I just recently put together a 1914 with new engine. How is the best way to start it up, we are using coils and mag, no battery. Jack up the rear wheels or pull it down the road. It is to stiff at this point to fire, got good coils mag is new. Thanks for any suggestions.
The last motor I did I left the plugs wires off and pulled it down the road a few miles. I had oil and water in it. The motor got nice and warm. It pulled started fine after that. Scott
It will most likely be stiff and I would not be comfortable with a new mag so I would disconnect the mag and attach a 12 volt battery.
Next I would use a modern with a long strap and the ignition off to tow it,and fire it up by switching to on and pressing the low pedal.
Jacking and cranking could make you wish you had eaten more Wheaties.
Short of a tow the battery is a must especially if you're going to try to hand crank a tight motor. You'll never get enough juice because it's going too slow. I would pull the mag wire too.
I used a 24v adj volt power supply to start my freshly built engine. Took me about an hour of tinkering to get it to run.
I followed the recommendations for 1-1/4 on the mixture and slightly past TDC for timing. In the end it was 2 turns on the mixture screw and moving the timing slightly. Once I hit the sweet spot she would start up easily, even got a few free starts.
Next I tried starting on mag only and it took some tinkering also but she started on mag. I think my mag is not up to par even though I recharged the magnets. Will have to do some more investigating.
Just make sure your left arm is ready for the start. My engine was on an engine stand for it's first start.
Tow it a mile or two in high gear
But if you doing by yourself set the rear up on stands in high gear on 12v bat and I suggest using starting fluid and be ready for a workout
Over time I have assembled several engines and in each case each piston is inserted in each cylinder to assure a friction free fit, the piston should "fall through". Each ring is inserted in to the cylinder and pressed down to ensure no binding and to confirm the gap. It is imperative that all the carbon is removed from the ring lands when using old pistons. When each piston is installed and the connecting rods are attached the engine should be rotated to ensure no binding. When the assembly is complete the engine should rotate manually with no binding. With a good quality fit the engine compression may be somewhat higher, however it still should be able to be manually started with relative ease. I must admit many years ago I assembled a 6 cylinder Dodge engine and had to moderately tap the pistons in the cylinder and when assembled the starter wouldn't touch it. I had to tow it for several blocks sometimes with the rear wheels skidding I was very proud of the "tight" engine.
I was in high school at the time and told my shop teacher the story his first question was did you remove all the carbon from the ring lands, I said what carbon? I disassembled the engine removed all the carbon from the ring lands with a carbon removing tool and reassembled and the engine started on the starter and ran perfect. I was 16 or 17 at the time and this was my first engine.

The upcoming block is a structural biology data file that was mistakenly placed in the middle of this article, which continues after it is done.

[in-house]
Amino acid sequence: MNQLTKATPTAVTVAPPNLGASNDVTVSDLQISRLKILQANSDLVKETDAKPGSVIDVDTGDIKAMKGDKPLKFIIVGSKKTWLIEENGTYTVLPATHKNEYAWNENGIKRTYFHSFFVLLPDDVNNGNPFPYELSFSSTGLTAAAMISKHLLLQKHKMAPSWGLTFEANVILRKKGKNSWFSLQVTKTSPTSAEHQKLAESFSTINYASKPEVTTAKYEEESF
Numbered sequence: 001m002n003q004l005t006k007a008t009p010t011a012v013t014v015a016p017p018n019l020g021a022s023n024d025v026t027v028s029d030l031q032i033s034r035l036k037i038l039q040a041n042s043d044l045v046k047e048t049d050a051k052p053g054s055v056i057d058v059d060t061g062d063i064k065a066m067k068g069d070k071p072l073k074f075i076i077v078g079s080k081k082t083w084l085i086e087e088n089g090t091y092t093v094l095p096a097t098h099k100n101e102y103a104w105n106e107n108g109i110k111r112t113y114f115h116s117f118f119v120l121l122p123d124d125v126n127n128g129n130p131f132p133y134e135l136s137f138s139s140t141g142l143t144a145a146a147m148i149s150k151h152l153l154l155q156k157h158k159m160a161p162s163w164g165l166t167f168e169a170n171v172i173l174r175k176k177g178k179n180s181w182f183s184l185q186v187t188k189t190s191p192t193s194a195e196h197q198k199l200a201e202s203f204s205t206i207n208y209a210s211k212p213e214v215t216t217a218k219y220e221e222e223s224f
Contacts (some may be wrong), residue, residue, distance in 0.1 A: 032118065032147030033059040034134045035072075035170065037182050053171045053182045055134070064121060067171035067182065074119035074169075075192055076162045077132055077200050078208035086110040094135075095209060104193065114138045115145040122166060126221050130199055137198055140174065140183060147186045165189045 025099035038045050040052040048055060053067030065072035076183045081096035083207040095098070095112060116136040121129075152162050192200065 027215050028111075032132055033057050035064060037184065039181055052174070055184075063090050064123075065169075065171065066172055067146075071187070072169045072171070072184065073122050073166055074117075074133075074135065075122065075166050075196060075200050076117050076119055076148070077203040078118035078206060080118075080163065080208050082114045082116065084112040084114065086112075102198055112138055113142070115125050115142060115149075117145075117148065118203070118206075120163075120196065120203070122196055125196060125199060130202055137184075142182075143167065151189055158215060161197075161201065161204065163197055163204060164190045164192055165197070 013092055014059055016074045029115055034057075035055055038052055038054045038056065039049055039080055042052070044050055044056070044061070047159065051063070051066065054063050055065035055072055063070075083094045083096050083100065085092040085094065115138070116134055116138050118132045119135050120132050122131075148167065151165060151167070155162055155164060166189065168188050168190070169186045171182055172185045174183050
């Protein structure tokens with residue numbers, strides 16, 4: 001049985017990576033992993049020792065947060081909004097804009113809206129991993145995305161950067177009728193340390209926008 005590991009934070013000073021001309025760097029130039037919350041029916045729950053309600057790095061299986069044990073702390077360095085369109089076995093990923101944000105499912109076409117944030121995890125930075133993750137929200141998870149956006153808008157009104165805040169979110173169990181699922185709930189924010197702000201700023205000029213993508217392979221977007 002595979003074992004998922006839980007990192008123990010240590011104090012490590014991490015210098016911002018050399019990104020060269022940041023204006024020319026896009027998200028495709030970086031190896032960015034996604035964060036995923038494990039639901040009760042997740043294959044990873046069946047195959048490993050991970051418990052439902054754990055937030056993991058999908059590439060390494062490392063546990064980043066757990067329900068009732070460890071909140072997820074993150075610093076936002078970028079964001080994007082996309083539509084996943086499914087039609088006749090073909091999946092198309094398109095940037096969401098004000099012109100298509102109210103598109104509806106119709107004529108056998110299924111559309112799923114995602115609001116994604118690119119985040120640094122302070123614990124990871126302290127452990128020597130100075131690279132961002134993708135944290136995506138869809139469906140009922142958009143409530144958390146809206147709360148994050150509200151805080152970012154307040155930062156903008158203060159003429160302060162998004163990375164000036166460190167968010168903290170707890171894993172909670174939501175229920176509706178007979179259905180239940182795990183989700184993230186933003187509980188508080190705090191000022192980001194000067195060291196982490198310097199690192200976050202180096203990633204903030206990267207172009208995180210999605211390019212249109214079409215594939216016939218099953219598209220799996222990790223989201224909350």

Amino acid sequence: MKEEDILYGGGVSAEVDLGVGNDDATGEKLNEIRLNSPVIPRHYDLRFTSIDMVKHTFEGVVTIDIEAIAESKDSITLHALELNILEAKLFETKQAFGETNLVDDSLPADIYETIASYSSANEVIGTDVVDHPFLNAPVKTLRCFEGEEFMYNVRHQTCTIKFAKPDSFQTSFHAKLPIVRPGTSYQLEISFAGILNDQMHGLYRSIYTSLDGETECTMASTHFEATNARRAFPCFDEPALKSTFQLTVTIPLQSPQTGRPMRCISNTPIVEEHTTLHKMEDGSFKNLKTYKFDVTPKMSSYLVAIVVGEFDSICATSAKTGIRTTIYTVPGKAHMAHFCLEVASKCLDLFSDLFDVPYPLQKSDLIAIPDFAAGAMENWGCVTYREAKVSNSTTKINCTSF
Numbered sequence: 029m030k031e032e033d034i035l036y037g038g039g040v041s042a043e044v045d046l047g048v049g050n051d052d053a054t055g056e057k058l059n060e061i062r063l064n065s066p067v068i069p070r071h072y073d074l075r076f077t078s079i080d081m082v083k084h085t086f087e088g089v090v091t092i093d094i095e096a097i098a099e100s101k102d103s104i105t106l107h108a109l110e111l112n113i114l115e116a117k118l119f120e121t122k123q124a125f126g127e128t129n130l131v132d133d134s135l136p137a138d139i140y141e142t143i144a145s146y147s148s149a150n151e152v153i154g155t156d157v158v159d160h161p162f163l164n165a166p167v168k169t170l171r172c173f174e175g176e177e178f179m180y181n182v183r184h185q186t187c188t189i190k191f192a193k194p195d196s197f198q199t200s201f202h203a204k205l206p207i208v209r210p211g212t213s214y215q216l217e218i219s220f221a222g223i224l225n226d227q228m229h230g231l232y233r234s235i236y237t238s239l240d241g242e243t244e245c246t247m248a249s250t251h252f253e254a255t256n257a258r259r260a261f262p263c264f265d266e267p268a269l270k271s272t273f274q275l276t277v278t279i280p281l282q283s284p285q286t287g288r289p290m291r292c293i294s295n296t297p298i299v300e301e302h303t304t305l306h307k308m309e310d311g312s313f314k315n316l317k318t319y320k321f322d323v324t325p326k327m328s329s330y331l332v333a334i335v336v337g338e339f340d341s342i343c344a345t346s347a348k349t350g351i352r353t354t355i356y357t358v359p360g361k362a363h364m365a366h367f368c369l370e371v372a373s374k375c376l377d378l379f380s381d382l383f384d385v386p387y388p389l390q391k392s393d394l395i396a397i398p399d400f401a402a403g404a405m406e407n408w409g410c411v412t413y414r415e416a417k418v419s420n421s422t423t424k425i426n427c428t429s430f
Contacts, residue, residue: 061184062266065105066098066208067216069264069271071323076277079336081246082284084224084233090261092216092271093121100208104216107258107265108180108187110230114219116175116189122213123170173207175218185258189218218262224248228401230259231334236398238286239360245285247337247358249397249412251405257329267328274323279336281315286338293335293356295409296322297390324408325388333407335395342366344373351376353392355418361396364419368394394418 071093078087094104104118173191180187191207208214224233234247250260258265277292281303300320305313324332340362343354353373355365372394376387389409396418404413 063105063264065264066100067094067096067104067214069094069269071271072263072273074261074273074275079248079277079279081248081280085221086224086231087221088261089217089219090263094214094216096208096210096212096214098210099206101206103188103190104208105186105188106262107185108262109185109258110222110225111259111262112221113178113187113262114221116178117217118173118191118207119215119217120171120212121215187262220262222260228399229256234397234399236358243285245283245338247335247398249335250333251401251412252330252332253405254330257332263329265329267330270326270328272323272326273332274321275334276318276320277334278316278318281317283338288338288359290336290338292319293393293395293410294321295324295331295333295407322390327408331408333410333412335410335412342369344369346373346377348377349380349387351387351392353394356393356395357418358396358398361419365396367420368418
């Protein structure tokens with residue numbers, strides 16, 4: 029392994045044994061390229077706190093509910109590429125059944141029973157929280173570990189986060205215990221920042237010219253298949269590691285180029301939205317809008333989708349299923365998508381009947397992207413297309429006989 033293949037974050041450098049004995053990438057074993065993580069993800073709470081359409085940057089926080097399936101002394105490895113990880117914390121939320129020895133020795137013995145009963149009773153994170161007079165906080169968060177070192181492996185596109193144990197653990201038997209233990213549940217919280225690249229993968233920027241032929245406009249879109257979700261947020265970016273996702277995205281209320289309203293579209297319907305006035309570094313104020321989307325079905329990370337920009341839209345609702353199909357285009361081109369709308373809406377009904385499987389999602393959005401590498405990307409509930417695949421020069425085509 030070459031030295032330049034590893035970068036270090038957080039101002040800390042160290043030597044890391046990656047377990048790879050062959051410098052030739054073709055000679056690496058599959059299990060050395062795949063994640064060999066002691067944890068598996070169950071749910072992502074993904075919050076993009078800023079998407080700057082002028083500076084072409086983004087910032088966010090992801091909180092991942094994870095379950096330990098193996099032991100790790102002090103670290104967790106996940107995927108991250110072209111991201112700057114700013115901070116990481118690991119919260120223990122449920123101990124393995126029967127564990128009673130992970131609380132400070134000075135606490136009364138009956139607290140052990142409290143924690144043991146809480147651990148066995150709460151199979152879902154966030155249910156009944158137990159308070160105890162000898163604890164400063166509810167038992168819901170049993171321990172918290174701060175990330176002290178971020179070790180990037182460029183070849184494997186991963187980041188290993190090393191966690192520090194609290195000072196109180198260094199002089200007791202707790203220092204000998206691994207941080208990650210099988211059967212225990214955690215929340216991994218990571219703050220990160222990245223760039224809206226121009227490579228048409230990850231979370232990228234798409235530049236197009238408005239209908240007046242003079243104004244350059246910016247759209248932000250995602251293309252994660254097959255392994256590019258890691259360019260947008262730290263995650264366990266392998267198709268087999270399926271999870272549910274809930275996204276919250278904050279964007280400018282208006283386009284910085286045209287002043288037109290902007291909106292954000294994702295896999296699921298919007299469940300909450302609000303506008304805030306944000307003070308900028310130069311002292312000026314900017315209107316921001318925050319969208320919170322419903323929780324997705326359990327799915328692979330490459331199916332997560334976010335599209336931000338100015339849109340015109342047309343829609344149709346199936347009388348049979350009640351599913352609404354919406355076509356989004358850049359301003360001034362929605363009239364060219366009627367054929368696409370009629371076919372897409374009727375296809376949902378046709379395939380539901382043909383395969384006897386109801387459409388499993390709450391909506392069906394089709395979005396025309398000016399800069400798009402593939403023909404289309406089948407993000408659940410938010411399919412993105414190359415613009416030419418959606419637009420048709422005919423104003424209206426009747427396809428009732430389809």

I lube all moving parts especially the piston rings and bearing well. I have use STP. Leave out the spark plugs, turn over by hand about 20 times to get oil to throw. Jack up rear wheels. Put plugs back in and fire it up. Leave it run low idle (about 5-7 notches) for 20 minutes +/-. Listen for abnormal sounds and for over heating. Do the 20 minute thing a couple times, than go for a slow ride some 10 plus miles. Keep the speed low for the first 50 or so miles
What did they do in the Ford factory? I seem to recall seeing footage of them driving off the assembly line. No towing necessary.
I believe they were started with a motorized drum similar to a wheel dynamometer. You can spot it in some of the movie footage.
Correct, here are some photos, 1914 era.
First the engine got its bearings 'burned' in on these large electric motors, that freed up things considerably.
Then when assembled in the chassis, wired up to the magneto, oil, and gas in the tank, the operator checked performance, with starting and running on this setup.
Without those machines to help, have used the towing method, pulled around the block, touching low pedal some to turn the motor. Then when ready flip the switch and get 'er started!
Chain on my back ready to lace to the hack and tow to go.
I think the motors were run in my large electric motors long befor they were installed
I did the tow method on a friends T, with hood off and towing real slow. Just step on the low speed pedal and watch the fan blade, if it starts your first reaction is the right one, let up on the pedal the tow vehicle will be no problem.
I'm told that when running them in with the electric motor, they were run until the load on the motor dropped to a certain point, indicating the bearings, rings, etc. had mated well enough for operation. Sometimes referred to as "burning in the bearings." At that relatively slow RPM, the Babbitt could "work around" without wiping it out--mostly reducing the high spots in the bearings.
I will probably be corrected by following postings!